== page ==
Walking the dog, on our – much to his disgust – one  permitted exercise walk through St. Mary on the Wold this morning, the sun was rising, the birds, those few we still have around here, were singing and I could swear that I heard a cuckoo, although when I checked with my bird-watching friend he’d not heard anything on the bird lines but it was good to hear whatever it was, as normally the roar of the traffic on the main road drowns everything; it’s also noticeable that the stink of diesel fumes from passing vehicles is a lot less too. So, for the first time in years we could and did walk through the village in peace and solitude, admiring the spring flowers, shrubs and hedges bursting into life all of which seem to have done exceptionally well this year.

So it would seem that even here, in St Mary on the Wold, the coronavirus warning message has finally got through, although just what that message is, and what it means  depends apparently on who you think you are and where you live.

The residents of Audi Avenue seemed to be split on whether to comply with the advice of government’s Chief Medical Officer and other experts or with those expert journalists who write for the quality broadsheets and others (apparently now called ‘Covid-19 deniers’) who are so convinced of their own importance and indispensability are carrying on as they always do, which is to do as they please.

You can see this on a daily basis on the roads as they ‘pilot’ their outsize 4x4s, pushing and bullying lesser mortals who, by driving smaller or lesser vehicles, dare to impede them and ignoring any law or rule put there to benefit everyone but which, in their eyes, has an adverse effect on them. You see them regularly arguing with traffic wardens, parking across two bays at a supermarket or hogging the lanes on a motorway, tail-gating other vehicles as they speed on to their next team meeting to discuss such world-changing events as customer engagement policy.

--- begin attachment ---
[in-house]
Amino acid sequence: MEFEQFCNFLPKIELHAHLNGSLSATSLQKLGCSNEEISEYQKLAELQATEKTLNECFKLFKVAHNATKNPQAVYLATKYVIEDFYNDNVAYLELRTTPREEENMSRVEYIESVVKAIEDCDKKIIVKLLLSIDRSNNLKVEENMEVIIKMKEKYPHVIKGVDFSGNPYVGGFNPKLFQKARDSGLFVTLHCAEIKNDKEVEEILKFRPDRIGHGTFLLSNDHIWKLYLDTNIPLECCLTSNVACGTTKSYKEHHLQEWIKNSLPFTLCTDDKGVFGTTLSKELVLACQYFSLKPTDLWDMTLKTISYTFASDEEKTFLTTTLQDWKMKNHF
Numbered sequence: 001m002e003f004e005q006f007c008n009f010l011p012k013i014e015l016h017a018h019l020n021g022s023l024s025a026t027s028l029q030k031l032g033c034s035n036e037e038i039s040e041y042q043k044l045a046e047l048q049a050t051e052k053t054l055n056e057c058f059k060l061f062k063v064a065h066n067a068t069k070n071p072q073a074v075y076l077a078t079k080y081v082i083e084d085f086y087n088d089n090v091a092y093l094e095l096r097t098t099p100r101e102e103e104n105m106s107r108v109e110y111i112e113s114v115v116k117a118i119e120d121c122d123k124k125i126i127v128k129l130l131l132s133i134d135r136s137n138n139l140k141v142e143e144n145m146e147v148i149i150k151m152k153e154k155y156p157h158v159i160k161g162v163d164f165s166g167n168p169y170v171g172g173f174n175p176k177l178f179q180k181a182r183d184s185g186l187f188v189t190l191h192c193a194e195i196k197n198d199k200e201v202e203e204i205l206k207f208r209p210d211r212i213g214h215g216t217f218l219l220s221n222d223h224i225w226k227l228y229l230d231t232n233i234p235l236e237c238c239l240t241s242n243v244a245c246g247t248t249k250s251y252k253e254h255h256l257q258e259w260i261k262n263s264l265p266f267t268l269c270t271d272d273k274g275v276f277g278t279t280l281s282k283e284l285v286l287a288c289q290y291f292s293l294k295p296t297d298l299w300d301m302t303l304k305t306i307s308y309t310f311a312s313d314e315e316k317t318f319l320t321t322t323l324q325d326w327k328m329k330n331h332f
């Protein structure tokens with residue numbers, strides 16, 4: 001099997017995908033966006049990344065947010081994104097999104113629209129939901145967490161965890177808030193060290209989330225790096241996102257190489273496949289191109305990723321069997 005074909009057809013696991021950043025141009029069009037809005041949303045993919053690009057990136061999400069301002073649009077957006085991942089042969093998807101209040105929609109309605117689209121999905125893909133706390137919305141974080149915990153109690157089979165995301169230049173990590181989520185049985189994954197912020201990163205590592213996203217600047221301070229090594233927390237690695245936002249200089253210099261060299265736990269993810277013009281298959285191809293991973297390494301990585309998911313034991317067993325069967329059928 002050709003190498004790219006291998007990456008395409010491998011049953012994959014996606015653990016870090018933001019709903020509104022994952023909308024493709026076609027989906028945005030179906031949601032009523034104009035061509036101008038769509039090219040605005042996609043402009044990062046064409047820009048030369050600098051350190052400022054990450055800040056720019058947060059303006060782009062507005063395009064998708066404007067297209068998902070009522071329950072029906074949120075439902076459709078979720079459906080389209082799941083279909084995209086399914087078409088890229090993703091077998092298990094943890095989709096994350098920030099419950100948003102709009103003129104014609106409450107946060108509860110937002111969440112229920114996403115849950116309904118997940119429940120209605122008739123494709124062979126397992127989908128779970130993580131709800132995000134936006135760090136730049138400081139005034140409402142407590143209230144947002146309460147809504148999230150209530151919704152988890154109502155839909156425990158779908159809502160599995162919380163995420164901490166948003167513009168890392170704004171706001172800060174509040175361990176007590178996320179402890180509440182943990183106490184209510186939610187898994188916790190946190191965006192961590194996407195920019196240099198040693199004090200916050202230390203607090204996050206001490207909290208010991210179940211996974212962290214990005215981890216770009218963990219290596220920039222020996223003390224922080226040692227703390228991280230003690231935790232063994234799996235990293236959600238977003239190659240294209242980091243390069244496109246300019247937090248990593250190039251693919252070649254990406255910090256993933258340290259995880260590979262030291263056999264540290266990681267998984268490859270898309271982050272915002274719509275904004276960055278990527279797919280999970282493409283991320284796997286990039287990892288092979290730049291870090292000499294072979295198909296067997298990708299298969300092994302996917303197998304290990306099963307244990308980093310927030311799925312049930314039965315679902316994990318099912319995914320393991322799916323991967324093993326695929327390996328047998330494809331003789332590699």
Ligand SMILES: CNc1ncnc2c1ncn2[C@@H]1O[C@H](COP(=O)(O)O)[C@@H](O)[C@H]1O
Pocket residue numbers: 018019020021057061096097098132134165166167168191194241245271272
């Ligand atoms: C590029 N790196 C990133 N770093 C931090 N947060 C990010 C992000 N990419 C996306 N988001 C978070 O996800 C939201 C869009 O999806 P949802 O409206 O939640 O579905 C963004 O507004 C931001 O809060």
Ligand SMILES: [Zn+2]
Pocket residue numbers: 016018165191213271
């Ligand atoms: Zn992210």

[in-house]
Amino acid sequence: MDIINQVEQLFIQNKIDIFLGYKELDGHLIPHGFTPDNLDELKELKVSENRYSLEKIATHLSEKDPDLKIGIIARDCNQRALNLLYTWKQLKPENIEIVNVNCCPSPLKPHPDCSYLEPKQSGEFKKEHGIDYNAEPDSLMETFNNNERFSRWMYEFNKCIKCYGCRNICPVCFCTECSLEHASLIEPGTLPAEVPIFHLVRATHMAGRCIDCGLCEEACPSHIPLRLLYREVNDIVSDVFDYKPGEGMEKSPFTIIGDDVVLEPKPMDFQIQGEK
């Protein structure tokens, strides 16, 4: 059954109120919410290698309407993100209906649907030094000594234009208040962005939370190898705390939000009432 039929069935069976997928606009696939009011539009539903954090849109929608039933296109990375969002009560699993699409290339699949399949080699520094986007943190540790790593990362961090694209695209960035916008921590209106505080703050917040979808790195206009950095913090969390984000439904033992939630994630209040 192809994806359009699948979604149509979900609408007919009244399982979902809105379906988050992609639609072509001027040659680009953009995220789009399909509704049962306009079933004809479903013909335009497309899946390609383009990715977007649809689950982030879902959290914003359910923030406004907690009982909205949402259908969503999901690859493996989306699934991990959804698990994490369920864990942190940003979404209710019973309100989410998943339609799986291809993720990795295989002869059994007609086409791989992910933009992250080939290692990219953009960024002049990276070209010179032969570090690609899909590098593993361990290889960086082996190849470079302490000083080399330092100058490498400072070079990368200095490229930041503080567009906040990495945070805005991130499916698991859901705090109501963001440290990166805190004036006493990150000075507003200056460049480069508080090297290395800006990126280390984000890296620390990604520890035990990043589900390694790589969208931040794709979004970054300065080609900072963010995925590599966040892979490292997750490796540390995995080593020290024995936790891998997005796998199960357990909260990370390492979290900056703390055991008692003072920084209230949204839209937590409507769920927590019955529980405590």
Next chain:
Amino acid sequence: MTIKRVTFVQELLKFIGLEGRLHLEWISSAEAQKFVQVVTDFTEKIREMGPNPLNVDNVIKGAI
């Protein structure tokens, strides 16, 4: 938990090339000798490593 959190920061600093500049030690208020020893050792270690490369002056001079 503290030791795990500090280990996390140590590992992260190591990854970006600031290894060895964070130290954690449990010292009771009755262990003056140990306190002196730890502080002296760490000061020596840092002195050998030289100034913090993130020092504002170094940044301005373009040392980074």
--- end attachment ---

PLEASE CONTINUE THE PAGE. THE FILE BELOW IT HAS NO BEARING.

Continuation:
Not that that behaviour is the preserve of Audi Avenue, as much the same attitudes prevail in the less affluent parts of the community, Bob the builders, Dave the electrical contractor complete with yellow and blue stepladders on top of his dark metallic day van, or Mo the plumber whose van is never complete without one of those grey pipe-carrier tubes or what looks like a coffin bolted to the roof, all endeavour to prove to everyone else that they are worthy successors to white van man as they speed to their next emergency call. It took several days for them to realise that they had to comply with the new restrictions the same as everybody else.

For them, the generation that has never experienced anything that in any way impacts upon them, who were told by mom and dad that they are special and unique and who are often described by grandparents as wonderful – which they actually believe because nobody has ever told them otherwise – are actually not important, unique or anything else, however much they pretend otherwise.  The trappings of their highly mortgaged executive-style house or latest apartment, or twice a year holiday in Mexico, is published for everyone to see on Facebook or Instagram and they have to comply with the restrictions and law whether or not they agree. This all came as a big surprise; therein lies the problem, the words ‘NO you can’t do that’ do not sit well with these people and it’s not, however much the media implies, a ‘class’ or ‘age’ thing.  Self-discipline and discipline have been unfashionable concepts for decades. The behaviour and panic across the community, long forecast by some, has shown just how undisciplined, greedy and selfish is much of the community.